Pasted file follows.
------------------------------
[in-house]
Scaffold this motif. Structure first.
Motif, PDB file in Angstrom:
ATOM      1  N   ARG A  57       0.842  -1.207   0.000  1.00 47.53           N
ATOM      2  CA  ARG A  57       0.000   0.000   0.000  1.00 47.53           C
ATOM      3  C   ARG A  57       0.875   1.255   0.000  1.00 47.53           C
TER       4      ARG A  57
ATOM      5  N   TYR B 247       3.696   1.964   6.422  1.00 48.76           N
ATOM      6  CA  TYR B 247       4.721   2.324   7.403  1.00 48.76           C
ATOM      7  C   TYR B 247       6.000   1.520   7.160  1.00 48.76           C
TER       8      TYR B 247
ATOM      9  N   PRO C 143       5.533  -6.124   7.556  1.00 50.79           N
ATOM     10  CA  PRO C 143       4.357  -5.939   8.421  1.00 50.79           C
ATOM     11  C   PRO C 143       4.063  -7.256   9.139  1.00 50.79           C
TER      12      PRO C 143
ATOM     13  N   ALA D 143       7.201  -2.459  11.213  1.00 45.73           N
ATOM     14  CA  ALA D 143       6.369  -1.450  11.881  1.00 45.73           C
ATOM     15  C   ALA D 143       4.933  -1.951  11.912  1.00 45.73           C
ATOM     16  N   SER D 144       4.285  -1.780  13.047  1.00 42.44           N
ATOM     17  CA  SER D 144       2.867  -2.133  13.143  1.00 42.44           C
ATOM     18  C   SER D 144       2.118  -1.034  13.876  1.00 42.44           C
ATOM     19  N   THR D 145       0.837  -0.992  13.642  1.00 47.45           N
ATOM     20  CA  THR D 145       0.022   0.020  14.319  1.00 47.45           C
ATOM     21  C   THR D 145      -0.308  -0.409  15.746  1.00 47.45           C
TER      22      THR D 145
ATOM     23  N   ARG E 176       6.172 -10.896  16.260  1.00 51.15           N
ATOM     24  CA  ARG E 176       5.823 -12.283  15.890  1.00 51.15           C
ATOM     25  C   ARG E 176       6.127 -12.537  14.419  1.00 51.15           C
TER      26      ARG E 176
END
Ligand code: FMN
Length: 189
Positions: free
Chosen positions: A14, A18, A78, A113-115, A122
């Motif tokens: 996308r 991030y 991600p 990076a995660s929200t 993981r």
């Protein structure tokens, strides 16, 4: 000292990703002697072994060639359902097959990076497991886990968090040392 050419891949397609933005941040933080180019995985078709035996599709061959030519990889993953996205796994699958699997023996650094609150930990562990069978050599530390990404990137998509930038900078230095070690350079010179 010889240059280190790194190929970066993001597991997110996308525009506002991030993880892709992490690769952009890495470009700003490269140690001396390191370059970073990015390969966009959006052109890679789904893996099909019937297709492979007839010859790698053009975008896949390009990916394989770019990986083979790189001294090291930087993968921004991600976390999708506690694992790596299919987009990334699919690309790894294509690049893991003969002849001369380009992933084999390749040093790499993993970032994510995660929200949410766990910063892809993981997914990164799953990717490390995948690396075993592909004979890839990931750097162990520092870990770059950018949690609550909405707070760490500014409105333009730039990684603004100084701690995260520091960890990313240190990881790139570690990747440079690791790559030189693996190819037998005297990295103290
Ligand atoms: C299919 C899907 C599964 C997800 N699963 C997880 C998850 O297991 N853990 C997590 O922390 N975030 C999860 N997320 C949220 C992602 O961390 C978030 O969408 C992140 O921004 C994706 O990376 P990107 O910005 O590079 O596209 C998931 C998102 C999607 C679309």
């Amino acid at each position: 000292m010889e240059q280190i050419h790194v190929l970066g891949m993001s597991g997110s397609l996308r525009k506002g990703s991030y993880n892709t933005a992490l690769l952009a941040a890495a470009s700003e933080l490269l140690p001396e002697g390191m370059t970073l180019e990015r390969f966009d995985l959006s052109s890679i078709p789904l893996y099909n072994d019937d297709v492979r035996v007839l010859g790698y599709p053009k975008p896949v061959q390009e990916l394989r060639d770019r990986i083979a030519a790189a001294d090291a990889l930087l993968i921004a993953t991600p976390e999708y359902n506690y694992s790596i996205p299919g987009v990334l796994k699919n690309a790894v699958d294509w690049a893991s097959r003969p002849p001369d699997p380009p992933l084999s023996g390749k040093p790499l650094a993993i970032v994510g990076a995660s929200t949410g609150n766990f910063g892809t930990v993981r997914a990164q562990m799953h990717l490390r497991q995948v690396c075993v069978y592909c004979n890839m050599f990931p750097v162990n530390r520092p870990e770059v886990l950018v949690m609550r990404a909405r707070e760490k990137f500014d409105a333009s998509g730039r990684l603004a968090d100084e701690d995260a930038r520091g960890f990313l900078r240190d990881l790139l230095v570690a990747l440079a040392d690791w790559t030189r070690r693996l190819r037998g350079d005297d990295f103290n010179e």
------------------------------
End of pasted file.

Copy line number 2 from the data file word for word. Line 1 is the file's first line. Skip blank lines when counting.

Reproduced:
Scaffold this motif. Structure first.